While loans offered to those with weak credit are likely going to come with steeper rates, it can pay to shop around and compare offers from different lenders before you buy.

Different lenders can offer different rates to the same borrowers, so one lender may be willing to give a lower rate than another is."
What can I do if my rates are high?

"Remember that refinancing is an option.

Just because you’ve got bad credit now doesn’t mean it’ll stay bad forever. Once your score is higher, you may be able to refinance your bad-credit auto loan into something much more appealing."

Tips to improve your chances of being approved for a car loan

 Add a cosigner. You could have an easier time getting a car loan if you include a creditworthy cosigner. There are risks to having a cosigner on your car loan, though. If you make late payments, your cosigner’s credit will take a dive as well as yours.

 Make a large down payment. Zero-down bad-credit car loans exist, but making a large down payment could get you approved by a lender with better interest rates. Making a down payment takes some of the risk away from the lender, since you’ll lose your down payment if you default on your loan.

 Wait and improve your score. If you’re able, take time to improve your credit score before buying a car. It’s not an overnight fix, but boosting your score can help you avoid a car loan with an excessively high interest rate.

How we chose the best bad credit car loans

We reviewed 25 auto lenders to determine the overall best five bad credit car loan lenders. To make our list, lenders must offer auto loans to borrowers with credit scores 580 and below. From there, we prioritized the following factors:

  • Accessibility: We chose lenders with auto loans that are available to more people and require fewer conditions. This may include lower credit requirements, wider geographic availability, faster funding and easier and more transparent prequalification, preapproval and application processes.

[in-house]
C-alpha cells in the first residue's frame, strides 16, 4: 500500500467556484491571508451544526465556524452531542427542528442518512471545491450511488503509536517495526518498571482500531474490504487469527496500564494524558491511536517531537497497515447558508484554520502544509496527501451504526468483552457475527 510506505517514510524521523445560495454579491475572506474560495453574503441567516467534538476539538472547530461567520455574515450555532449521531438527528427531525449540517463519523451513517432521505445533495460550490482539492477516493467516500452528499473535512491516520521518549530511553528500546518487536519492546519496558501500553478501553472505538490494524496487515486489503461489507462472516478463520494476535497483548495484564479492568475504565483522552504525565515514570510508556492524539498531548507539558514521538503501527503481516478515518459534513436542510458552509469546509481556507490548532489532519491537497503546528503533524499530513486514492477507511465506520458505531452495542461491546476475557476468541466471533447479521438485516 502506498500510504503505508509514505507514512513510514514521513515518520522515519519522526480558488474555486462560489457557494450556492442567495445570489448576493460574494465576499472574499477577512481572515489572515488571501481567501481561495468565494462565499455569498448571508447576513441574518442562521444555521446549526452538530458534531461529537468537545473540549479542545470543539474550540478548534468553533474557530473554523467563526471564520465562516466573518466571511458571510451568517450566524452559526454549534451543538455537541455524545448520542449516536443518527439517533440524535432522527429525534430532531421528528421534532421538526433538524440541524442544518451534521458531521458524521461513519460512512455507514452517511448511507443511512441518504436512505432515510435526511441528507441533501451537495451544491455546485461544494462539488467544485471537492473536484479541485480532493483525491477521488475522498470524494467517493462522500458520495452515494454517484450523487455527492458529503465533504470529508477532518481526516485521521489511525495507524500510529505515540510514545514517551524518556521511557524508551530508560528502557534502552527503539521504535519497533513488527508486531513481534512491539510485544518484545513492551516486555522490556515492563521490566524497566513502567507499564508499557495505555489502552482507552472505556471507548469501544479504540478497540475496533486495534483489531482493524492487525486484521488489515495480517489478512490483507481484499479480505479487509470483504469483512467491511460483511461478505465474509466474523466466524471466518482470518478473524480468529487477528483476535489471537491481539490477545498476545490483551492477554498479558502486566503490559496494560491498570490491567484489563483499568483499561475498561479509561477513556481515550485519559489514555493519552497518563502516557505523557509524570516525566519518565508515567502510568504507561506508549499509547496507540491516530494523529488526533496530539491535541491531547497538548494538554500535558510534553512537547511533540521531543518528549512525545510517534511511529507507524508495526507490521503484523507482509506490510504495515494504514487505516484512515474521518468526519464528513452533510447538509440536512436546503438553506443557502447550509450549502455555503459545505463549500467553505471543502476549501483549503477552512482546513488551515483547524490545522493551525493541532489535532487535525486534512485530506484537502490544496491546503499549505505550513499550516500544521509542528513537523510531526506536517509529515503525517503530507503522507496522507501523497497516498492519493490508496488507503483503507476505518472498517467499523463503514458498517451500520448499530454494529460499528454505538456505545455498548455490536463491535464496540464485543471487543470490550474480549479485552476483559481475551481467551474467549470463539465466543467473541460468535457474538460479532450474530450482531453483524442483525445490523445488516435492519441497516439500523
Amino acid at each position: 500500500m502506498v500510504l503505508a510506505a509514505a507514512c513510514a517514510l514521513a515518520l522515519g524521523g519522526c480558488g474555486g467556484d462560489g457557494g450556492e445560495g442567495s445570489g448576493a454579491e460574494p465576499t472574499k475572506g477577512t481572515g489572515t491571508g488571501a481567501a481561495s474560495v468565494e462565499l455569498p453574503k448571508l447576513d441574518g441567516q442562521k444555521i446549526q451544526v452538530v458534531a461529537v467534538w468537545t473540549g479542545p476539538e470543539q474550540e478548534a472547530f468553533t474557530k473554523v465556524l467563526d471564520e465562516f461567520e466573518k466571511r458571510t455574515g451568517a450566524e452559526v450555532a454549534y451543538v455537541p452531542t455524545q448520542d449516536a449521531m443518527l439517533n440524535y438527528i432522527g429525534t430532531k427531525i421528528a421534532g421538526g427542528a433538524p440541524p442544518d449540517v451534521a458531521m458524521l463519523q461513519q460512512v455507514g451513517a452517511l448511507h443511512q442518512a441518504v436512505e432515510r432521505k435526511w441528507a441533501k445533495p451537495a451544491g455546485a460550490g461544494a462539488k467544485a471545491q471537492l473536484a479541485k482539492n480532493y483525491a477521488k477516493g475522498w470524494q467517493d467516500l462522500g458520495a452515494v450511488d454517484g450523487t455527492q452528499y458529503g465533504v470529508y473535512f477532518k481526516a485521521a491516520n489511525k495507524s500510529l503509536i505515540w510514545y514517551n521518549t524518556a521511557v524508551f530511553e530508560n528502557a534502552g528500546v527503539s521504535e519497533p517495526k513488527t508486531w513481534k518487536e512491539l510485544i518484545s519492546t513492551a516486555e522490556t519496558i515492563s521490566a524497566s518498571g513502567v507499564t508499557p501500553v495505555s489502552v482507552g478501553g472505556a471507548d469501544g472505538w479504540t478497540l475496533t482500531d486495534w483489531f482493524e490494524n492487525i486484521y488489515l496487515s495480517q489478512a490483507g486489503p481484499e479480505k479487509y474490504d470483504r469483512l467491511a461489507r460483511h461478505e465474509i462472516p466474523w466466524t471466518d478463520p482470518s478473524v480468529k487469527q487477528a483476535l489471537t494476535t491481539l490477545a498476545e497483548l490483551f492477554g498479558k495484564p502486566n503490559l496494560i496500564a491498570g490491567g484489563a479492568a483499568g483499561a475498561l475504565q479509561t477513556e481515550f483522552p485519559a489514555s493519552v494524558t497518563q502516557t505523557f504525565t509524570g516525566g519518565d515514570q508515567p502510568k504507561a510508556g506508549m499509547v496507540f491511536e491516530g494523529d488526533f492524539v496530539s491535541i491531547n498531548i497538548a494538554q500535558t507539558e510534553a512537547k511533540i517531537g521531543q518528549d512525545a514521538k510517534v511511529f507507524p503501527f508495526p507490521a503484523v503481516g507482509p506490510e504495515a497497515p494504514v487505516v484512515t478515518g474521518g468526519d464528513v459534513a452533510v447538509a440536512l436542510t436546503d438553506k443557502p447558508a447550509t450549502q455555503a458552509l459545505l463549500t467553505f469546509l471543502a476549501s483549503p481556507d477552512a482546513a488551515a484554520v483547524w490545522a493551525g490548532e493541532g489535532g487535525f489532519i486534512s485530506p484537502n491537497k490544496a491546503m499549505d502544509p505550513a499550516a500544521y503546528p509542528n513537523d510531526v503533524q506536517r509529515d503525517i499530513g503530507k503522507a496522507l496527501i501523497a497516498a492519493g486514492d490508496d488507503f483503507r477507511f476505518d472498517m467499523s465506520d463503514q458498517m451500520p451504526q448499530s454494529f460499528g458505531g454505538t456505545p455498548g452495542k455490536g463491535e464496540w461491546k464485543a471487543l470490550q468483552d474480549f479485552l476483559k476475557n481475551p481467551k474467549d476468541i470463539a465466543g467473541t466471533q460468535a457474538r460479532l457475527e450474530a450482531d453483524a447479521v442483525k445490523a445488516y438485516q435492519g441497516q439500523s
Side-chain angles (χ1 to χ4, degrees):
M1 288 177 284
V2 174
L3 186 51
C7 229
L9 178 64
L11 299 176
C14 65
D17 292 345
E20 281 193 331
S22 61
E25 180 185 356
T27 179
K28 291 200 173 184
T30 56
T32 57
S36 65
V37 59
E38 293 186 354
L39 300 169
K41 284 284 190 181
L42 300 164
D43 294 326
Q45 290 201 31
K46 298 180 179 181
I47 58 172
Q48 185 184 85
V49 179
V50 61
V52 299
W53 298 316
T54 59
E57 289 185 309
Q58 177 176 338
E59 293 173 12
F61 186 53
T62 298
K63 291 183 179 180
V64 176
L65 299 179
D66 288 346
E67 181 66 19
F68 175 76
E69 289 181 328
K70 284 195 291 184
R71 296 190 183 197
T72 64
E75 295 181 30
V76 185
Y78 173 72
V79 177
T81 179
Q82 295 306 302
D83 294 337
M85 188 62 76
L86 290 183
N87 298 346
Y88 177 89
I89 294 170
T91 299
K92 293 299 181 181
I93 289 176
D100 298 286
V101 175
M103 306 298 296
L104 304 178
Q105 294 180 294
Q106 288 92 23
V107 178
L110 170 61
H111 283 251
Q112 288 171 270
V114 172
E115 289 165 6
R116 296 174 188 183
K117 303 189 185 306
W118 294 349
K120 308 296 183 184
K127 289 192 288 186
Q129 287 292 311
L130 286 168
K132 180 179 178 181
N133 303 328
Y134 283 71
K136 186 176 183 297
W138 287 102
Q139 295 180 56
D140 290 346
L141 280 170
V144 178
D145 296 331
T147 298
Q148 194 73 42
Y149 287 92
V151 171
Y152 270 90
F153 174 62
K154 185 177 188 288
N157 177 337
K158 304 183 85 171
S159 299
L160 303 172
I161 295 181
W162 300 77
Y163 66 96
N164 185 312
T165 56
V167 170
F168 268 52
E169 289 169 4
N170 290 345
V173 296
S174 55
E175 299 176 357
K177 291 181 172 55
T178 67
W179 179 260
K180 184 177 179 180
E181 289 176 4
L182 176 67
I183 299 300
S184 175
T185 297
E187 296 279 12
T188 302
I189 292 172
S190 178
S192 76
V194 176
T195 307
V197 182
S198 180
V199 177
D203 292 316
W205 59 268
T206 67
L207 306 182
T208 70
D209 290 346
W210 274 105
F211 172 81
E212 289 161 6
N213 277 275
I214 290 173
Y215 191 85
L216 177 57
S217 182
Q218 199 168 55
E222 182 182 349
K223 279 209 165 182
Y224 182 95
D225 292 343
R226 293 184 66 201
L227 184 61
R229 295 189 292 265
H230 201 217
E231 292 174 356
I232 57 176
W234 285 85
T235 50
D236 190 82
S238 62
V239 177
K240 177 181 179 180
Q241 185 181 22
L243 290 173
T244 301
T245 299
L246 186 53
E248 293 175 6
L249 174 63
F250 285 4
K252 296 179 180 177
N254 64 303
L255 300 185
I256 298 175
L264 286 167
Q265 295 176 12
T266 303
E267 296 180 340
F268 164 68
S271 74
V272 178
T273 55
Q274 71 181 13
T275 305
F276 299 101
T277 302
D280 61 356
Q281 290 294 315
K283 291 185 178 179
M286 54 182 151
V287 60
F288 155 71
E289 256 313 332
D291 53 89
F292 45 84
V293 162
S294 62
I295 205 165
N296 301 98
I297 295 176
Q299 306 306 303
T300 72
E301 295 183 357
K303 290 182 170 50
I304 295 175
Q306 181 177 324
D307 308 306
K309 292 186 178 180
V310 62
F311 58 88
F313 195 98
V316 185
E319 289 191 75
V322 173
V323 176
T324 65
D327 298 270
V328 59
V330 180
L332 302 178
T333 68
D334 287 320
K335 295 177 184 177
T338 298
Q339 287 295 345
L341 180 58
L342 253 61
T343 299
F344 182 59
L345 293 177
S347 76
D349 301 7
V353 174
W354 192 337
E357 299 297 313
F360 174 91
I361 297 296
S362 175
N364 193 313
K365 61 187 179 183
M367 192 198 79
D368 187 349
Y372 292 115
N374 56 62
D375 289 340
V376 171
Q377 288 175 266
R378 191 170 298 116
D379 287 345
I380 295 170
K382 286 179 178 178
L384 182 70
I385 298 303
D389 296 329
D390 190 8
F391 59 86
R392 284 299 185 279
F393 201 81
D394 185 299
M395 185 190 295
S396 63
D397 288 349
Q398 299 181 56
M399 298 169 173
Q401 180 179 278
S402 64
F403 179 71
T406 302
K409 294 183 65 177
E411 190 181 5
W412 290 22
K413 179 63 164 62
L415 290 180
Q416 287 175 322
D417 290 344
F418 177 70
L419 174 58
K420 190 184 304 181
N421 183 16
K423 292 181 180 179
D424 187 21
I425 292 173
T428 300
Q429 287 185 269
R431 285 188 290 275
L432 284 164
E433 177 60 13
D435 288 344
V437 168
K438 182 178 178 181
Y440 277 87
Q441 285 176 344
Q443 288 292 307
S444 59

• Rates and terms: We prioritize lenders with competitive APRs, fewer fees and greater loan options for repayment terms and amounts.
  • Repayment experience: For starters, we consider each lender’s reputation and business practices. We also favor lenders that have self-service payment options (such as a mobile app), provide reliable customer service and offer unique perks.

Not all lenders we reviewed can be found on LendingTree’s loan marketplace, and your offers may or may not include lenders on this list. Our goal is to give you accurate, helpful information so you can find the best auto loan for your unique financial situation.

Frequently asked questions

It’s possible to qualify for a loan with a 500 credit score, but keep in mind the lender might have other requirements, too. You might also need to earn a certain amount of money every year or have been at your job for a specific length of time.
 
The best way to see if you qualify for an auto loan is to prequalify. It doesn’t require a hard credit hit, so prequalifying won’t negatively impact your credit.

The lowest credit score for a bad credit auto loan varies. Some lenders don’t require a particular credit score at all. Keep in mind, though, that the easier it is to get a loan, the more expensive that loan will probably be. Even if you have bad credit, shop around and compare offers to find the loan that’s best for you.

Generally, “buy here, pay here” car lots are the easiest places to get financing. That said, you might have other less-expensive options.
 
Buy here, pay here dealerships are often predatory. Instead, prequalify online with a few lenders to make sure that you truly have no other option. That, or skip financing altogether and pay cash for a cheap used car.